Category Archives: vulgarians

Vulgarity of expression in the British cultural élite

Leafing through the cultural section of the Observer, which Dalrymple explains is

the Sunday newspaper of the intelligentsia (at least, that part of it that still reads a newspaper),

he comes across the following statement, by a playwright called Lucy Prebble, about her latest work:

It’s a risky, clumsy motherfucker, this play.

The accompanying picture is of the playwright,

dressed in a rather pretty and no doubt expensive flowered frock, smiling and looking exceedingly pleased with herself.

Dalrymple notes that

apart from the obviously bogus self-deprecation of the statement,

the use of the word motherfucker

is clearly intended as a signal of her liberation from supposedly bourgeois restraint and her desire to assert her membership in the linguistic underclass. We may assume that as a successful playwright she is capable of more expressive, less uninformatively vulgar ways of describing her doubts about the value of her play. Her choice of word is not to convey anything meaningful about her play, which it is clearly incapable of doing, but to establish her social and political virtue, that is to say her nonmembership of an élite that once upon a time would not have used such a word, and certainly would not have wished it to be published that it had used it.

Exceedingly pleased with herself: Lucy Prebble

The English: ugliest people in the world

Something that strikes Dalrymple every time he returns from France, where he lives much of the time, to the country of his birth is

the extreme vulgarity of the English by comparison with the French.

It is as if the English had

adopted vulgarity as a totalitarian ideology, a communism of culture rather than of the economy.

The vulgarity is

insolent, militant and triumphant. It will brook no competition and tolerate no dissent. It exercises a subliminal terror to discourage any protest. It is the ruling characteristic of England, of the prosperous as of the poor.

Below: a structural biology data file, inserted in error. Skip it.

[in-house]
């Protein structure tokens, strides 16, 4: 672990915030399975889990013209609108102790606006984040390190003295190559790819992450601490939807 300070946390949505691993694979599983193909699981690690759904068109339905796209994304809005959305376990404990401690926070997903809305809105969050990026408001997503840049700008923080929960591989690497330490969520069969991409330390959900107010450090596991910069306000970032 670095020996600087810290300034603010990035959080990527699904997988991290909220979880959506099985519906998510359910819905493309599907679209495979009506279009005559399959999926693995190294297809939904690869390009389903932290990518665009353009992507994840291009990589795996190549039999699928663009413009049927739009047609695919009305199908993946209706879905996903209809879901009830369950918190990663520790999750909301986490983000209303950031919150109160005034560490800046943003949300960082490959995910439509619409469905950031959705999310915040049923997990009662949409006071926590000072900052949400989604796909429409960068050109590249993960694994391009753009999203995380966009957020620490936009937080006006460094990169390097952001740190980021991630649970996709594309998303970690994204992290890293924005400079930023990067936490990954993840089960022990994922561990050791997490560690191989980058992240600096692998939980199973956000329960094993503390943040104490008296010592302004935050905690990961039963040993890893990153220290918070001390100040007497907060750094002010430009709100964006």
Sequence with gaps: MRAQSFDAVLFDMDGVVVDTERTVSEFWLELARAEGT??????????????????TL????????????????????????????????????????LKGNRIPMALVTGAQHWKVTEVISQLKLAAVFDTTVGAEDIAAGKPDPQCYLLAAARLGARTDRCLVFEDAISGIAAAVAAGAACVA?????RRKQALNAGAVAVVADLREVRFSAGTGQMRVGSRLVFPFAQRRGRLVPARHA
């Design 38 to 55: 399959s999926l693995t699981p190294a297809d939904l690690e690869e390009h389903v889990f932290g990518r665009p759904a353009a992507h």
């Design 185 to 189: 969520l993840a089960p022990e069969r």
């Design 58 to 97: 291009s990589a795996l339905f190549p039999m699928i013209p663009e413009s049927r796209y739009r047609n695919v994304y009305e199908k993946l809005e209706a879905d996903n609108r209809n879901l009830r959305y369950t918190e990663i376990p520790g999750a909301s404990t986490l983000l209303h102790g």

At the airport,

you can always tell a flight bound for England by the number of grossly fat and hideously apparelled passengers waiting to board. No man can be blamed for being ill-favoured by nature; but every man can be blamed for making the worst of himself, as the English do as a matter of principle.

Britishers are

the ugliest people in the world — but this has nothing to do with biology. Their facial expressions, their gait, their speech, their laughter, their gestures are crude. The mothers of no other nation known to me address their children in tones so lacking in tenderness and so expressive of shrewish irritability and exasperation, with voices shrill, penetrating and impossible to ignore (except, of course, for their children, who will very soon sound like them).

The crude and corrupt British state broadcaster

Screen Shot 2016-04-24 at 17.15.49For the right to receive television broadcasts in their homes, British households must pay a poll tax equivalent to about $210, which subsidises the British Broadcasting Corporation. 

This broadcasting system, writes Dalrymple, exemplifies two of the guiding principles of contemporary British public life:

  • the active promotion of adolescent vulgarity and sniggering crudity
  • the shameless looting of the public purse

Needless to say, the BBC

is losing viewers and listeners all the time; a growing proportion of the population never tunes in to any of its programmes.

The BBC certainly cannot claim any longer

that it produces, as it once did, the kind of intelligent programmes that commercial broadcasters shun.

Dalrymple points to vast payments made to the BBC’s fifth-rate ‘comedians’. These payments, he notes,

represent a gift from state functionaries (who themselves have also looted the public purse unmercifully)

on condition that the ‘comedians’

keep contributing to the ideologically-driven vulgarisation of the culture.

There has been a return, says Dalrymple,

to the 18th-century days of state patronage, with this difference: that the men who exercised it back then were men of taste and discrimination. They knew a Dr Johnson when they saw one.

The grossly sordid British

How they acquired a taste for the trashy, the vulgar, the stupid and the worthless

The toffs of Auntie hired Jimmy Savile, says Dalrymple, for his cunning and ability to take advantage of changing times. He was knighted, for services to downward cultural drift.

Dalrymple writes:

Official endorsement of execrable taste was a boon to those who had to fill several channels a day for 24 hours, because stupid programmes of execrable taste are so easy to produce by comparison with those of intellectual or artistic value, which can be produced only in limited quantity.

Savile was a militant vulgarian to the last,

as his gravestone demonstrated. But it is only the vulgarity of modern British gravestones to a slightly higher degree.

Savile was

both a beneficiary and shaper of contemporary British taste: he found it bad and left it worse. If his field had been art instead of prolefeed, the critics would have praised him for being avant-garde and transgressive.

Savile was a product

not just of the BBC, but of the British people, of whose taste he was a true reflection.